oa Southern African Journal of Infectious Diseases - Vancomycin versus teicoplanin in the treatment of serious Gram-positive infections : what do the minimum inhibitory concentration data tell us? : original research

Volume 29, Issue 3
  • ISSN : 2312-0053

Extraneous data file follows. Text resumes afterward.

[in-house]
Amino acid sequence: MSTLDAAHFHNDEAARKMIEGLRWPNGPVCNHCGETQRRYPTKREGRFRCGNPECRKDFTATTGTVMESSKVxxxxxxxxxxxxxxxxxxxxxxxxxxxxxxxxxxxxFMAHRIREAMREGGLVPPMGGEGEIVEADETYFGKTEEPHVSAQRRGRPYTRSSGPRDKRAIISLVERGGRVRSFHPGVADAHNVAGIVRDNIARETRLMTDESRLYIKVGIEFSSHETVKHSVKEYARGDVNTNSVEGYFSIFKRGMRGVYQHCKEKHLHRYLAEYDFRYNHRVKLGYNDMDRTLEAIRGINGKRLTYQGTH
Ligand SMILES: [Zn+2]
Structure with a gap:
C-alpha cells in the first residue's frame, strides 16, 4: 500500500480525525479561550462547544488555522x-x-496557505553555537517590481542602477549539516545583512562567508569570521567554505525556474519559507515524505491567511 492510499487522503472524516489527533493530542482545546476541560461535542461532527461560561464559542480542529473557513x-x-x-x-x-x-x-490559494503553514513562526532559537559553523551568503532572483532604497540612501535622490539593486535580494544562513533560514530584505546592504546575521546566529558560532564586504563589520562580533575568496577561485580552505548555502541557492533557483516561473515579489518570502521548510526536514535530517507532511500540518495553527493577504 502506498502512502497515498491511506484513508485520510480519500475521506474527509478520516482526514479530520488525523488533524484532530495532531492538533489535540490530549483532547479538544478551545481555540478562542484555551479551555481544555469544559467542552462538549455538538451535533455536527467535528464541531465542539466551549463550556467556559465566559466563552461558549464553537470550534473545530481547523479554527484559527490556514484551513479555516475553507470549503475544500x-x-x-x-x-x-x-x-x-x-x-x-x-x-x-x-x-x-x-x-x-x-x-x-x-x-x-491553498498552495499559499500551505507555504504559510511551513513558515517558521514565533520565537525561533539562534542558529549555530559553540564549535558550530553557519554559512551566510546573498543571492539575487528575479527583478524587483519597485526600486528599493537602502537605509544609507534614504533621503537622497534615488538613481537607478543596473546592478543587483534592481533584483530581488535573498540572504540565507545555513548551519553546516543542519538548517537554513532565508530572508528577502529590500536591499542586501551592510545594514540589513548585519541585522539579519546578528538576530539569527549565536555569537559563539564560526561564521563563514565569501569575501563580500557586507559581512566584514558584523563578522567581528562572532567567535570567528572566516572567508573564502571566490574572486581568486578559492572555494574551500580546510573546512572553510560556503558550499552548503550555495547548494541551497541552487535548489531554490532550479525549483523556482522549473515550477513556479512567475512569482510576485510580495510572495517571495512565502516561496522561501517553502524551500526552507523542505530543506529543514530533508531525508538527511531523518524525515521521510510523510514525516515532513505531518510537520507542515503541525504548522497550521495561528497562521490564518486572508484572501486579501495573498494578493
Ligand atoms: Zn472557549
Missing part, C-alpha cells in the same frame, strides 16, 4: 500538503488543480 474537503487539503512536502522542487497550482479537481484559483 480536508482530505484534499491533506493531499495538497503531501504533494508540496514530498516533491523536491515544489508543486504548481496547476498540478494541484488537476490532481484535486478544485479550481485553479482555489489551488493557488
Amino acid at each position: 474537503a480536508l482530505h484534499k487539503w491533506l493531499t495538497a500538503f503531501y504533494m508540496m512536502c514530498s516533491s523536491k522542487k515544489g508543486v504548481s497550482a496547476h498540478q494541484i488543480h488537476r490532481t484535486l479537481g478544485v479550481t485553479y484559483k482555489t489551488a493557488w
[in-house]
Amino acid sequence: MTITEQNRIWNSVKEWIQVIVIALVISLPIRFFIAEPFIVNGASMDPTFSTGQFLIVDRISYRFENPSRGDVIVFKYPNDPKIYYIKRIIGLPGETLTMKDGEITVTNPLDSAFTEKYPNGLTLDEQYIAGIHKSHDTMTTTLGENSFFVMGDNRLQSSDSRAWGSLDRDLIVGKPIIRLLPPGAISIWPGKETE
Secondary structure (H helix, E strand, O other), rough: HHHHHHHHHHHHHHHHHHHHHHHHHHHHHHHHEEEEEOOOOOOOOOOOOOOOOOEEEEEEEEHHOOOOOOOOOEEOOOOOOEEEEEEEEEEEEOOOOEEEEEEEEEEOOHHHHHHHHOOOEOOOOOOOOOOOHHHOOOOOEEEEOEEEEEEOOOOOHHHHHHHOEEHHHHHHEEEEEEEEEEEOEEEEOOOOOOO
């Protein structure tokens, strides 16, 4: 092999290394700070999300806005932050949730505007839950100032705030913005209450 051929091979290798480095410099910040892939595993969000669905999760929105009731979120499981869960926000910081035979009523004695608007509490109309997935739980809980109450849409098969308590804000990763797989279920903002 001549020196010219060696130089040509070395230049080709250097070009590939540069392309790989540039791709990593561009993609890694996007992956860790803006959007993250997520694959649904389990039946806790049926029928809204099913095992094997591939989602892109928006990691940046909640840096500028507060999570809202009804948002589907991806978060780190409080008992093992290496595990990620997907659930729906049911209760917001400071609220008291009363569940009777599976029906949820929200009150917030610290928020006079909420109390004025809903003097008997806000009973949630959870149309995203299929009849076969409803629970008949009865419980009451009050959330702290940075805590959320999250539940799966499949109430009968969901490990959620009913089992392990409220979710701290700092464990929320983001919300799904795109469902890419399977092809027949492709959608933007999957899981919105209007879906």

Glycopeptides are the mainstay of treatment against serious drug-resistant Gram-positive infections. The two principal agents are vancomycin and teicoplanin. Optimal dosing of both these antimicrobial agents, in terms of clinical outcomes and achievement of pharmacodynamic targets, has been shown to be dependent on the minimum inhibitory concentration (MIC). There are no MIC susceptibility data for vancomycin and teicoplanin in South Africa, and susceptibility from a clinical perspective is usually considered to be a class-specific phenomenon, and thus the two agents are often used interchangeably. The aim of this study was to assess and compare the MIC of teicoplanin with that of vancomycin, using broth microdilution, against a number of clinically significant Gram-positive isolates. Staphylococci and enterococci were collected from the Charlotte Maxeke Johannesburg Academic Hospital. Broth microdilution antimicrobial susceptibility testing was performed simultaneously for both vancomycin and teicoplanin. MIC data were analysed using descriptive statistics (mean, mode, MIC and MIC) and comparative assessment using Student's t-test and Spearman's rank correlation coefficient. Vancomycin and teicoplanin MIC distribution differed for both staphylococci (n = 100) and enterococci (n = 27). There was a significant difference between the mean MIC of vancomycin and teicoplanin for all isolate groups (p-value < 0.0001-0.0168). A non-significant positive and negative correlation was noted between vancomycin and teicoplanin MIC for all of the isolates, indicating that susceptibility to one is generally independent of the other. Glycopeptide MIC data for Gram-positive bacteria indicate distinct differences between vancomycin and teicoplanin with regard to a variety of clinical isolates. This suggests that, from a clinical perspective, these agents should not be used interchangeably, and that more appropriate MIC-based utilisation would assist in dose optimisation.

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